Flights will head out of the city to Beijing and Shanghai from this summer after a deal was struck with Beijing Capital Airlines.
The twice weekly departures will offer passengers the chance to visit China’s capital and the country’s largest city.
It is a major feather in the cap as presently only Heathrow flies direct to China, with Manchester also set to fly there.
Flights to the Far East were a major target for the airport after its £40 million runway extension and comes on the back of securing Qatar Airways flights and the giant A380 plane, operated by Emirates.
The scheduled service follows on from the success of direct charter flights, the first outside of London, which saw over 7,000 Chinese visitors travel through Birmingham Airport during 2014 and 2015.
Runway extension timelapse
Paul Kehoe, chief executive of Birmingham Airport, said: “Today we have reached one of our goals – to offer direct scheduled services to China. We have made the investment, developed the market and today is testament that our region has enormous demand for direct flights to China.
“Last year around 150,000 people flew between our region and China, with passengers preferring to travel from their local airport. Beijing Capital Airlines and Caissa have recognised this demand, paving the way for a scheduled service to both Beijing and Shanghai.
“These flights will give our region direct access to China and will also offer Chinese tourists an alternative gateway to the UK, which has previously proved so popular.”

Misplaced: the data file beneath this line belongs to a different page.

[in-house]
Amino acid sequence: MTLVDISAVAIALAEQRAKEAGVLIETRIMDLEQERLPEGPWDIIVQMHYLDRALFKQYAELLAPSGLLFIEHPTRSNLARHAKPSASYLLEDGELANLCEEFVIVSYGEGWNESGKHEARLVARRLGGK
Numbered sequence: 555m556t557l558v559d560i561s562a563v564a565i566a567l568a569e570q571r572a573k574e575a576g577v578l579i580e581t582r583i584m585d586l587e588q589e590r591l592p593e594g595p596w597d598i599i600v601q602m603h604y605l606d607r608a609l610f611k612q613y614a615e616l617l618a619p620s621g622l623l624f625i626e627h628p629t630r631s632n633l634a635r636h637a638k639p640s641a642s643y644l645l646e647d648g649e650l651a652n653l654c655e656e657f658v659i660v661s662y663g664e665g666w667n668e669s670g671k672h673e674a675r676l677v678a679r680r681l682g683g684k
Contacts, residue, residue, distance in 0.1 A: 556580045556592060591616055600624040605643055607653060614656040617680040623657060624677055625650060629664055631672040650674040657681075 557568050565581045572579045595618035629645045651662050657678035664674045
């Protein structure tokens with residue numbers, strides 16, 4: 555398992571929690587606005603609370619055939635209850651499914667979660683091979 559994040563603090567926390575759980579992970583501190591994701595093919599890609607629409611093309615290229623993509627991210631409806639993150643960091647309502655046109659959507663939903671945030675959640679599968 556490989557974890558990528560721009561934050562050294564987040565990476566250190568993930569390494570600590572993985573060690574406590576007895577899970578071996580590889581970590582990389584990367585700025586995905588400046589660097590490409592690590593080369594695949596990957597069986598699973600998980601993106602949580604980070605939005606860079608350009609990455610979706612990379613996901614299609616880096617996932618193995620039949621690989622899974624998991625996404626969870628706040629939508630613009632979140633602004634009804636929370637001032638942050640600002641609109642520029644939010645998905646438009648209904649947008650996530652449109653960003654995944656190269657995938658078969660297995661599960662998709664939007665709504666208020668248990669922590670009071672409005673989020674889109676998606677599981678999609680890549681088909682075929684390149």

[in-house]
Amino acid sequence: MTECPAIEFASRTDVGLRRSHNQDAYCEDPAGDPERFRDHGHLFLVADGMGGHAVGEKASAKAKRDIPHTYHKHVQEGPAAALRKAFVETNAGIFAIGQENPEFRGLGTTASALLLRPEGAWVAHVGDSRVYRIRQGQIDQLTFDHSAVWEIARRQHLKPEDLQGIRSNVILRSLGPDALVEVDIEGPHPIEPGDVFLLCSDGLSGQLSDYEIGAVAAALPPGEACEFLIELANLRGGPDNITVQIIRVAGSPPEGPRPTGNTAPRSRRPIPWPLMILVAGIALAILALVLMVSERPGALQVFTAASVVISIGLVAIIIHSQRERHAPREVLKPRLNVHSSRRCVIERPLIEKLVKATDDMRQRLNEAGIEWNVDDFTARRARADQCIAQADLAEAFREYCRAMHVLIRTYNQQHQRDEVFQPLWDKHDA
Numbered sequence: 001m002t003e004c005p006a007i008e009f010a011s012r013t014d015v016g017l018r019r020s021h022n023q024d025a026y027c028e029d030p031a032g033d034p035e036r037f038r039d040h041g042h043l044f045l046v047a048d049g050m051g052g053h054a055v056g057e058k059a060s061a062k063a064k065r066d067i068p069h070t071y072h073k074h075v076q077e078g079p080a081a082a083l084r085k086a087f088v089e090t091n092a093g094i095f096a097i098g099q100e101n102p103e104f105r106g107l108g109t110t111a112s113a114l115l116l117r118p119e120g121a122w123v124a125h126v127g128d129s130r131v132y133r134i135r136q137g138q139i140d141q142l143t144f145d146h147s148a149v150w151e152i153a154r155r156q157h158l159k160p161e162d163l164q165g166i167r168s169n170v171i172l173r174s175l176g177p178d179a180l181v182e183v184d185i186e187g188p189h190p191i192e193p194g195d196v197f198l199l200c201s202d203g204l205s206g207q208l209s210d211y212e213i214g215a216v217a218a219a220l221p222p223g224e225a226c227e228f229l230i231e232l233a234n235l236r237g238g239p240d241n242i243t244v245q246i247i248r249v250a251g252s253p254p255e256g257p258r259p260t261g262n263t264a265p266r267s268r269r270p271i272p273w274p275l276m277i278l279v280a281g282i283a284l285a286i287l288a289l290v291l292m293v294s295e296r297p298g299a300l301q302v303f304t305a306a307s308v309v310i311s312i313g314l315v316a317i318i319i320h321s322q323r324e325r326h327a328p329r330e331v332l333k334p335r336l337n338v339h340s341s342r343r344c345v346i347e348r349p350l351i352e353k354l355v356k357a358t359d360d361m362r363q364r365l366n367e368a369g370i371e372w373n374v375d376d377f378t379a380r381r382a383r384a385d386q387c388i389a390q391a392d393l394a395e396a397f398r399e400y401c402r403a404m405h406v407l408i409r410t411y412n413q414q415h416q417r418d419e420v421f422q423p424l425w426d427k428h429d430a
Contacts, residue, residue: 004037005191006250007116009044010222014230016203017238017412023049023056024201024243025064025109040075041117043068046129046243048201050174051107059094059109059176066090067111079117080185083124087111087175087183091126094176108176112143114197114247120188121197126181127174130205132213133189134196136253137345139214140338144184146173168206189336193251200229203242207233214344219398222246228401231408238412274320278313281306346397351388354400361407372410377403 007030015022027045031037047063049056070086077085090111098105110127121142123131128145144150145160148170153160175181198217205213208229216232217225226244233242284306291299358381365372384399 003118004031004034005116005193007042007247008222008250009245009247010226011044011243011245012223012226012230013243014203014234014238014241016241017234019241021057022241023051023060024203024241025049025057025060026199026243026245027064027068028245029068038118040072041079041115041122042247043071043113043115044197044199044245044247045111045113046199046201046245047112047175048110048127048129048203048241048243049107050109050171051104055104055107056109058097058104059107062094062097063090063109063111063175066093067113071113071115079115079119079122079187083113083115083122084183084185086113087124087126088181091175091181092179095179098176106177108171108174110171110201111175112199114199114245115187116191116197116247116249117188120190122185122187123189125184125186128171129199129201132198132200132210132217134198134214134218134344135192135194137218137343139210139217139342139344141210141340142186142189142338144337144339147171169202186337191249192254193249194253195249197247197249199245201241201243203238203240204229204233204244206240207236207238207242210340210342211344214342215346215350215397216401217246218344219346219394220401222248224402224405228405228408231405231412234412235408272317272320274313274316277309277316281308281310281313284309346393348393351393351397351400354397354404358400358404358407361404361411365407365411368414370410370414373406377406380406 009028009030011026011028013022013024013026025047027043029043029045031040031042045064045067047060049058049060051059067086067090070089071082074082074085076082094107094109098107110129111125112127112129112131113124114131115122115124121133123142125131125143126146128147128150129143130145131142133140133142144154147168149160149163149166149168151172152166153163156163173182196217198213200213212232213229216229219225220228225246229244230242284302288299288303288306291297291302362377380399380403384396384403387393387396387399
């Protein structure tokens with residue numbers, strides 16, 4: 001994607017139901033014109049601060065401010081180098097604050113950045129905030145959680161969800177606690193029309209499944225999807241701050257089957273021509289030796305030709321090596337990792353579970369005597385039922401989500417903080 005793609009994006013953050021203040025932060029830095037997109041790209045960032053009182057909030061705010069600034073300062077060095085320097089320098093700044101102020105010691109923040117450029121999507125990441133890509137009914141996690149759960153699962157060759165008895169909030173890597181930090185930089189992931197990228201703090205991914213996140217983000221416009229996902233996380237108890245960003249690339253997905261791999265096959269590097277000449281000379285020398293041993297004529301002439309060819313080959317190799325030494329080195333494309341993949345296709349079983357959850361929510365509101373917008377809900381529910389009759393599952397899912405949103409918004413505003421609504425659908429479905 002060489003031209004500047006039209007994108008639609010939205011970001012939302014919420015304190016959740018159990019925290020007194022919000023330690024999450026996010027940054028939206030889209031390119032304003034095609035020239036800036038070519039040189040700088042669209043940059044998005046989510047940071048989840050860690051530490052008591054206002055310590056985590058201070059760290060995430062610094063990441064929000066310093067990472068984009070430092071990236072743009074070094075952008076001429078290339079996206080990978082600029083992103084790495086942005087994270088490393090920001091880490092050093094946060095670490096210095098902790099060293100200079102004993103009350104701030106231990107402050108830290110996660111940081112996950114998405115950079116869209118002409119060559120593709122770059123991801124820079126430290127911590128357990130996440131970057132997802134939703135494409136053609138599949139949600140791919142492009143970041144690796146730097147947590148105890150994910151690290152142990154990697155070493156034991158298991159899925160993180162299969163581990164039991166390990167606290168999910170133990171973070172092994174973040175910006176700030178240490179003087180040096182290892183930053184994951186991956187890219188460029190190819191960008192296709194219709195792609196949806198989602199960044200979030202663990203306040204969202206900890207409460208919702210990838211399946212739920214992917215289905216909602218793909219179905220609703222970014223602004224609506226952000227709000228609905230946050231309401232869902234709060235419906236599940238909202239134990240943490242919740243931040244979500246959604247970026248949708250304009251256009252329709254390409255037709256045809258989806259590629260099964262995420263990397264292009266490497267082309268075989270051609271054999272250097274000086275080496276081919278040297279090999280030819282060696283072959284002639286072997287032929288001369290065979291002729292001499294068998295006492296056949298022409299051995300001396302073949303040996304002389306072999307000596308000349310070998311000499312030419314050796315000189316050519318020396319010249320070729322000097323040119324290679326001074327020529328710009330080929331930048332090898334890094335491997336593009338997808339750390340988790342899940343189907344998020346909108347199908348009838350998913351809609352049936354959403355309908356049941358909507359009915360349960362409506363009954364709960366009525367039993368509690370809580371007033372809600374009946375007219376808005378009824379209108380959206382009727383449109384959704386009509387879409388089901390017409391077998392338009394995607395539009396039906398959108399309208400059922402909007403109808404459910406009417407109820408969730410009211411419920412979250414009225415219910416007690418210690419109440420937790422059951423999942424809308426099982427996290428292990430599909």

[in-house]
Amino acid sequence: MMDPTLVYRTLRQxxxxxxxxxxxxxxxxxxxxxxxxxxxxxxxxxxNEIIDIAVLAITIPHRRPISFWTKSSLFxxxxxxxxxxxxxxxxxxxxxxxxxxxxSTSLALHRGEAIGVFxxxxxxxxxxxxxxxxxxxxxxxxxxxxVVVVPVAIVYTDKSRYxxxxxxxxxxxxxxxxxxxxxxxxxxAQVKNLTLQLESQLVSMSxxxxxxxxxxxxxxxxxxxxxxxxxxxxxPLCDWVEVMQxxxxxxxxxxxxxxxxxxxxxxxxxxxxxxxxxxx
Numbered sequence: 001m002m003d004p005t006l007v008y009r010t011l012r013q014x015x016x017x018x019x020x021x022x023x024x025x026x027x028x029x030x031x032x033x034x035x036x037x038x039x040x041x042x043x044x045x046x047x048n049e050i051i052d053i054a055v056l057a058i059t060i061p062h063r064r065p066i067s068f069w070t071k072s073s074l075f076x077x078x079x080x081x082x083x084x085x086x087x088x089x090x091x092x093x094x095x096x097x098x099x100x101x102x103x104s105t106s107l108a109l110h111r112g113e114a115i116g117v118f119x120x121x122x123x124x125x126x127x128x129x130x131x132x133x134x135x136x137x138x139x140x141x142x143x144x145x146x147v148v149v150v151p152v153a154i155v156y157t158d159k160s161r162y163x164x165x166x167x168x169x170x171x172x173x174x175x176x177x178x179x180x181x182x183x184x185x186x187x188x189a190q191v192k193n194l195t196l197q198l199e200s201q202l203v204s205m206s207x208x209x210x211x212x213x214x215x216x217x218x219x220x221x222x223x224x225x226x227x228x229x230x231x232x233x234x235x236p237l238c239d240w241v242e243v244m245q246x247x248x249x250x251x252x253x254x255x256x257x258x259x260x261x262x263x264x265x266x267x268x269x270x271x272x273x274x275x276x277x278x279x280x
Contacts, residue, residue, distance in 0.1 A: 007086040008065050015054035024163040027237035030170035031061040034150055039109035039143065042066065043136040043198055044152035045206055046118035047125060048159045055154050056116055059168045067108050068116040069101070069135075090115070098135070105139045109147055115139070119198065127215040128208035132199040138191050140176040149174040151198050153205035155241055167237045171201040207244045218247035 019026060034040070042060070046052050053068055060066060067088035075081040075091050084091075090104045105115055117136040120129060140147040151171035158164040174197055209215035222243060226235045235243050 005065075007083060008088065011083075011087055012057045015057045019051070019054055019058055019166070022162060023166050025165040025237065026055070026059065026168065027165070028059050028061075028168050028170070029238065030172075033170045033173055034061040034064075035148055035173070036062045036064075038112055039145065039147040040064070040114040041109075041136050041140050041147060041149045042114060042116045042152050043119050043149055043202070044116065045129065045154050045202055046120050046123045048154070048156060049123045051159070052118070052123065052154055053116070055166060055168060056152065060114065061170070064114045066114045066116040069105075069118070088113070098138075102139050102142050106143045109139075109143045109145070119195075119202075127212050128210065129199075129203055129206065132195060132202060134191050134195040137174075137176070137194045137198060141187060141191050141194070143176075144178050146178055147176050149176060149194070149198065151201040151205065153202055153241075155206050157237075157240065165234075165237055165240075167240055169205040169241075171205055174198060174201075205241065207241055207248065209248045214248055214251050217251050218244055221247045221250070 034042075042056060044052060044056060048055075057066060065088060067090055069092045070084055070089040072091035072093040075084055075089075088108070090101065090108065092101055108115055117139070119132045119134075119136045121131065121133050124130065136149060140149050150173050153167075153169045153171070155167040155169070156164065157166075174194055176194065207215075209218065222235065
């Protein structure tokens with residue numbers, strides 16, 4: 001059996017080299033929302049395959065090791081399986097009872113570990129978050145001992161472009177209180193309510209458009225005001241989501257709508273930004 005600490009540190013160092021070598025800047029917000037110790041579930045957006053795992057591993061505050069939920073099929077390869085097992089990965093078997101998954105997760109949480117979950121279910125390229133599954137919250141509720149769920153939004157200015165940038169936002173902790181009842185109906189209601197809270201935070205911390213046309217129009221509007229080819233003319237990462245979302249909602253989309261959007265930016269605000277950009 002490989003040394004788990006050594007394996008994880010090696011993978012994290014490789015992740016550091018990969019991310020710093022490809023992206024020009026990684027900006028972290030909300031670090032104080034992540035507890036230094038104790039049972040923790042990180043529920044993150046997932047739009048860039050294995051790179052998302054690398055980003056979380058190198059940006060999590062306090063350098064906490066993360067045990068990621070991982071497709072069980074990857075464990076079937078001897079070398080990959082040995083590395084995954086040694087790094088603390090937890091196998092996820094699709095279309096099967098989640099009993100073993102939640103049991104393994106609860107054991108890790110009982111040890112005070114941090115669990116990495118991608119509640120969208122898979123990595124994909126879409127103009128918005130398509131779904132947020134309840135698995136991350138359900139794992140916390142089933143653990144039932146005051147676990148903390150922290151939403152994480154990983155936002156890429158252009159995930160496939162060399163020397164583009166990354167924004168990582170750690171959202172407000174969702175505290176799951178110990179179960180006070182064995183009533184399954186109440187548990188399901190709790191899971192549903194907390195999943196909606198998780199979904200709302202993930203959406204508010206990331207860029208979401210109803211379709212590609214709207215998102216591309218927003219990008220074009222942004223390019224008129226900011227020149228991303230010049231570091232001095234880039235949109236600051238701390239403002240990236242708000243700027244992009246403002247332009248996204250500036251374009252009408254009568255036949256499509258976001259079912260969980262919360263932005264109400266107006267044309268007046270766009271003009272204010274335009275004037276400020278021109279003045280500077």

The flights to Beijing Airport and Hangzhou Airport will start on July 19.
These flights will be on sale to UK residents and will also be sold ‘inbound’ through the Chinese tour operator Caissa Touristic, one of China’s best-established travel companies.
The scheduled services will operate on Saturdays to Beijing and on Tuesdays to Shanghai (Hangzhou) and will be operated by an airbus A330-200 aircraft, with a total of 211 seats – 33 business and 178 in economy.
Andrew Dunbar, head of international relations, China, at Marketing Birmingham, said it was a major step forward. He said: “I have very rarely had a conversation with an inbound Chinese investor who didn’t ask about direct flights.
“It is incredibly important to be able to travel direct into the market.”
City businessman Anthony McCourt, founder of Court Collaboration which invests in Birmingham property backed by Chinese funding, said scheduled flights were the bare minimum needed to maximise the relationship
“Birmingham and China have a flourishing relationship and direct flights are crucial to that.
“But this is just part of that – the city has an opportunity to be a critical ally to an emerging superpower and we should be doing more to make sure that happens.”